Congo-Kinshasa: U.S. Role in Lumumba Murder Revealed
Stephen R. Weissman22 July 2002
In his latest film, “Minority Report,” director Steven Spielberg portrays a policy of “preemptive action” gone wild in the year 2054. But we don’t have to peer into the future to see what harm faulty intelligence and the loss of our moral compass can do. U.S. policies during the Cold War furnish many tragic examples. One was U.S. complicity in the overthrow and murder of Congolese Prime Minister Patrice Lumumba.
Forty-one years ago, Lumumba, the only leader ever democratically elected in Congo, was delivered to his enemies, tortured and summarily executed. Since then, his country has been looted by the U.S.-supported regime of Mobutu Sese Seko and wracked by regional and civil war.
The conventional explanation of Lumumba’s death has been that he was murdered by Congolese rivals after earlier U.S. attempts to kill him, including a plot to inject toxins into his food or toothpaste, failed. In 1975, the U.S. Senate’s “Church Committee” probed CIA assassination plots and concluded there was “no evidence of CIA involvement in bringing about the death of Lumumba.”
Not so. I have obtained classified U.S. government documents, including a chronology of covert actions approved by a National Security Council (NSC) subgroup, that reveal U.S. involvement in — and significant responsibility for — the death of Lumumba, who was mistakenly seen by the Eisenhower administration as an African Fidel Castro. The documents show that the key Congolese leaders who brought about Lumumba’s downfall were players in “Project Wizard,” a CIA covert action program. Hundreds of thousands of dollars and military equipment were channeled to these officials, who informed their CIA paymasters three days in advance of their plan to send Lumumba into the clutches of his worst enemies. Other new details: The U.S. authorized payments to then-President Joseph Kasavubu four days before he ousted Lumumba, furnished Army strongman Mobutu with money and arms to fight pro-Lumumba forces, helped select and finance an anti-Lumumba government, and barely three weeks after his death authorized new funds for the people who arranged Lumumba’s murder.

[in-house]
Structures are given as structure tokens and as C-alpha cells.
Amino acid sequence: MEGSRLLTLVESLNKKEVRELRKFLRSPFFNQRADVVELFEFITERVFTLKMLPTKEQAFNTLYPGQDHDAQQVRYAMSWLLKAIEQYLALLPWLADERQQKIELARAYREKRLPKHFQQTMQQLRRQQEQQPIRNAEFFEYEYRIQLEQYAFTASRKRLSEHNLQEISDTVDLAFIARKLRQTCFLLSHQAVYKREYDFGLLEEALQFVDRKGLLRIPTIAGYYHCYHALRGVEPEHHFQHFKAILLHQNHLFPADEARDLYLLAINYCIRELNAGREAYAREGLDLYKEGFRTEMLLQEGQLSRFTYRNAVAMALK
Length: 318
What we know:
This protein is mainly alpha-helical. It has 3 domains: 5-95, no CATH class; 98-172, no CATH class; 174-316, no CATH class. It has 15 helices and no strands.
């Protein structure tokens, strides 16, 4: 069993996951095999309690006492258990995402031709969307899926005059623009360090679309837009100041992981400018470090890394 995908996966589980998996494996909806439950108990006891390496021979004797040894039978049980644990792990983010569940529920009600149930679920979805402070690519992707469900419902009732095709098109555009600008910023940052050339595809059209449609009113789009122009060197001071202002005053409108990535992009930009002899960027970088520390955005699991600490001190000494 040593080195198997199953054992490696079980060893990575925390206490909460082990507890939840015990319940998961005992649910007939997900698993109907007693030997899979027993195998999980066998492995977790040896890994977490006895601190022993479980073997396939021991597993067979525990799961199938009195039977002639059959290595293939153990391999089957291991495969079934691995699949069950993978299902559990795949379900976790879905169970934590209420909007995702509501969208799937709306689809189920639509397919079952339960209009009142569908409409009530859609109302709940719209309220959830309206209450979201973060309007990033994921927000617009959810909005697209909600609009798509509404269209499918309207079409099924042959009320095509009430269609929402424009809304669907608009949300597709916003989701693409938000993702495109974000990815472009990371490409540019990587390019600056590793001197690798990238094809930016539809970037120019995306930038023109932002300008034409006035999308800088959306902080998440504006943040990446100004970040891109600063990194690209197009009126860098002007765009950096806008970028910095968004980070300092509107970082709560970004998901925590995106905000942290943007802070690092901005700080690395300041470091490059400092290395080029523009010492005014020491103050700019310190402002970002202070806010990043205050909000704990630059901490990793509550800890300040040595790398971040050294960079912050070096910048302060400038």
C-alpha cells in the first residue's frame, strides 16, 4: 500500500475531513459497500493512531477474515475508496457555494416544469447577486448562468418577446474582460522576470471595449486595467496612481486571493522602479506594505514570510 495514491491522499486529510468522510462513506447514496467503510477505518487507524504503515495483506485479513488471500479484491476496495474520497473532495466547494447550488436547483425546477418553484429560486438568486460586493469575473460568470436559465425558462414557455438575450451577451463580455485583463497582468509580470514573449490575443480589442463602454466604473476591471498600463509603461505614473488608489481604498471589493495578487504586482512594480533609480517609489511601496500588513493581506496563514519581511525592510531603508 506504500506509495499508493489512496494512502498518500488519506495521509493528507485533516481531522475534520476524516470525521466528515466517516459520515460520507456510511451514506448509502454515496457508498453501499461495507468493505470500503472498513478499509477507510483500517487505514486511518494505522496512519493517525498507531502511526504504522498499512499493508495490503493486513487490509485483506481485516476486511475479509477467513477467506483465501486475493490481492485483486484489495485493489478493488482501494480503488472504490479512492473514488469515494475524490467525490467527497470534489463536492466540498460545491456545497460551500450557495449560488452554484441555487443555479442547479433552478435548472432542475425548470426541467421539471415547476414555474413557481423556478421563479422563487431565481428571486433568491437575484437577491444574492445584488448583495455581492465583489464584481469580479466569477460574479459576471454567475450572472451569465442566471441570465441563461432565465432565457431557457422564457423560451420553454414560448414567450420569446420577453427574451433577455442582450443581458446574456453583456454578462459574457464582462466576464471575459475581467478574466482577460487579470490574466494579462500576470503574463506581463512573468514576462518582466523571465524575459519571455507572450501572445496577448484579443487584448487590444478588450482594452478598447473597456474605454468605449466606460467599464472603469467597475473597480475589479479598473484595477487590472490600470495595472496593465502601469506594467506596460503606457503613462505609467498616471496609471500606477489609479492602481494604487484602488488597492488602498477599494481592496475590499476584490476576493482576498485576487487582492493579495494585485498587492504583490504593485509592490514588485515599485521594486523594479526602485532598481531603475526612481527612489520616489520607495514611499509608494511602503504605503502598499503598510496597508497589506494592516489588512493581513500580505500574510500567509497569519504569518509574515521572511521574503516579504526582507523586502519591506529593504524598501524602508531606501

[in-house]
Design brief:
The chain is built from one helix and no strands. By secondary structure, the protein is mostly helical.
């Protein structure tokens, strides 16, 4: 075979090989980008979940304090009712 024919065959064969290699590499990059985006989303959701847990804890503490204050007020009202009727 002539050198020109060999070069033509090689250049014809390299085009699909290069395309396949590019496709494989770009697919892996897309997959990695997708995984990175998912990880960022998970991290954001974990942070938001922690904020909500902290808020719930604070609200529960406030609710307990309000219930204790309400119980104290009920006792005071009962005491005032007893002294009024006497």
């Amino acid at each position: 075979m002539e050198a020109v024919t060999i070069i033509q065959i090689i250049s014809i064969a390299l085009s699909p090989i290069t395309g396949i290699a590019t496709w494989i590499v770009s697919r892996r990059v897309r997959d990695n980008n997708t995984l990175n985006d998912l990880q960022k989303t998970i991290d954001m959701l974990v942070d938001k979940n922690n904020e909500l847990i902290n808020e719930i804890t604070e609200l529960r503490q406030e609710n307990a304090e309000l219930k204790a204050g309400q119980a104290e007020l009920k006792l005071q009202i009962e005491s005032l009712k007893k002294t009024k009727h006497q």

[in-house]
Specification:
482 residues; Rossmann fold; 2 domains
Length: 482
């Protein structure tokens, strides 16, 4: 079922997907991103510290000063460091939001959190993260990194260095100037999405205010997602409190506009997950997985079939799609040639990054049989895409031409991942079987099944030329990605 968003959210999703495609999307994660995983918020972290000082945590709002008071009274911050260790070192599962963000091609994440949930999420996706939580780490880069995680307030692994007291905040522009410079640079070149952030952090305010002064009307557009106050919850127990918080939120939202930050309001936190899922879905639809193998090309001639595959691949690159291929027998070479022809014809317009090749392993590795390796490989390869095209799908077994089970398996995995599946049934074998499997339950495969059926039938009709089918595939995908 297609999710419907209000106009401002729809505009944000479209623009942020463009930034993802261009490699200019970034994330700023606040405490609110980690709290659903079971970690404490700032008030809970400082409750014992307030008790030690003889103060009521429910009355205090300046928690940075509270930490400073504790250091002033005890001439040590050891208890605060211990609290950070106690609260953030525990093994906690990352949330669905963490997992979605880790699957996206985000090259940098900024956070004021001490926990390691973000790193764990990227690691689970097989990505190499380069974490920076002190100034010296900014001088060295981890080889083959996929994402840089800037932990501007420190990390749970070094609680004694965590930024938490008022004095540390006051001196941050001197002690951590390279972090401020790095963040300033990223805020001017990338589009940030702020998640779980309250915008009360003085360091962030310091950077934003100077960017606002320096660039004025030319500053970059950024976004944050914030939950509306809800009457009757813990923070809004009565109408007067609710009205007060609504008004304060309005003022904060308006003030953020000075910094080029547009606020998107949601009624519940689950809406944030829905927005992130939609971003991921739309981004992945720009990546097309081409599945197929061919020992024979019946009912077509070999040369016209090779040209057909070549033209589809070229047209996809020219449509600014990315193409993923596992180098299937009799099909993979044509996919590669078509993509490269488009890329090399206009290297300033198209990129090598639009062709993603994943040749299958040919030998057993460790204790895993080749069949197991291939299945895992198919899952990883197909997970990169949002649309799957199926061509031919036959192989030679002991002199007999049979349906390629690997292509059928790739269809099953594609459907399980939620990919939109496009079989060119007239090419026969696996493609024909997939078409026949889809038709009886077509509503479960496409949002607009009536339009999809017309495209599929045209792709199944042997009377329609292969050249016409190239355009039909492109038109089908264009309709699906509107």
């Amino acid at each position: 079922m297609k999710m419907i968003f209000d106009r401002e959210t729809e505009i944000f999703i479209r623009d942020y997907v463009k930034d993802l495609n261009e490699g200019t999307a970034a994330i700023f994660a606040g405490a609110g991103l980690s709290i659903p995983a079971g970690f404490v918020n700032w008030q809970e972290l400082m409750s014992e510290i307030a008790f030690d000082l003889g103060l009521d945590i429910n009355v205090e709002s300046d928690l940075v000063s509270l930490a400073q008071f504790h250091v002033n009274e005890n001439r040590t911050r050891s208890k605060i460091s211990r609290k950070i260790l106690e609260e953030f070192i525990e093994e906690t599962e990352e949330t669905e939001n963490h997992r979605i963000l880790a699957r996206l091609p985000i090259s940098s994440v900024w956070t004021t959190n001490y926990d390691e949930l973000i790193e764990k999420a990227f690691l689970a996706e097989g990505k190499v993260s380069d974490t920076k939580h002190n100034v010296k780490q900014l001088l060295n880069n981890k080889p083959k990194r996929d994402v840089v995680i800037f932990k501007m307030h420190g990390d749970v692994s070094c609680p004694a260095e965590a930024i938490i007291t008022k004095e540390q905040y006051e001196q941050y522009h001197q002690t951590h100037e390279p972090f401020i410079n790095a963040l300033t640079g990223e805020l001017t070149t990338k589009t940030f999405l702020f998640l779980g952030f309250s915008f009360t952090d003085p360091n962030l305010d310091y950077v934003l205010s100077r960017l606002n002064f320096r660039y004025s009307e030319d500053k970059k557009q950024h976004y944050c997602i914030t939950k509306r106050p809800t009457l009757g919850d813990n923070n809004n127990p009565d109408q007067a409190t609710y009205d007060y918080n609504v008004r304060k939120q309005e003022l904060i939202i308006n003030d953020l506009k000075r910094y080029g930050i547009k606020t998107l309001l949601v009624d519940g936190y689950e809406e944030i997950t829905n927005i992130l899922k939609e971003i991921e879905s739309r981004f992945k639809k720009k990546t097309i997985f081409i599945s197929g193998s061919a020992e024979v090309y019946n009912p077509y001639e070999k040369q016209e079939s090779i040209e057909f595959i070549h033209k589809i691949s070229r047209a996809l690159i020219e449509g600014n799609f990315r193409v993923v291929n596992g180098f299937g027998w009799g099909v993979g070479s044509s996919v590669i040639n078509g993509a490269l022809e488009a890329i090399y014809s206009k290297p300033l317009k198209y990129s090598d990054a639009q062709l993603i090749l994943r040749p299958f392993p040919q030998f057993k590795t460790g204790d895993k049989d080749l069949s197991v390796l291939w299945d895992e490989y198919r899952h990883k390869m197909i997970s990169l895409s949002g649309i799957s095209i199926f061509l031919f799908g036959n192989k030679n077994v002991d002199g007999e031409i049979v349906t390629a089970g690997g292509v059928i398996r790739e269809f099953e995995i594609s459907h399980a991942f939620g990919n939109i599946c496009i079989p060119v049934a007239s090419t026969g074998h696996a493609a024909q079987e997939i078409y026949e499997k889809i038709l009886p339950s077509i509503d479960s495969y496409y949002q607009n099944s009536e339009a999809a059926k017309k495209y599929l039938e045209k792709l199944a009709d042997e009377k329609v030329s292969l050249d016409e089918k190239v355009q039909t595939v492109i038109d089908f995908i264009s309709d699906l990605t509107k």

Moreover, these documents show that the plans and payments were approved by the highest levels of the Eisenhower administration, either the NSC or its “Special Group,” consisting of the national security adviser, CIA director, undersecretary of state for political affairs, and deputy defense secretary.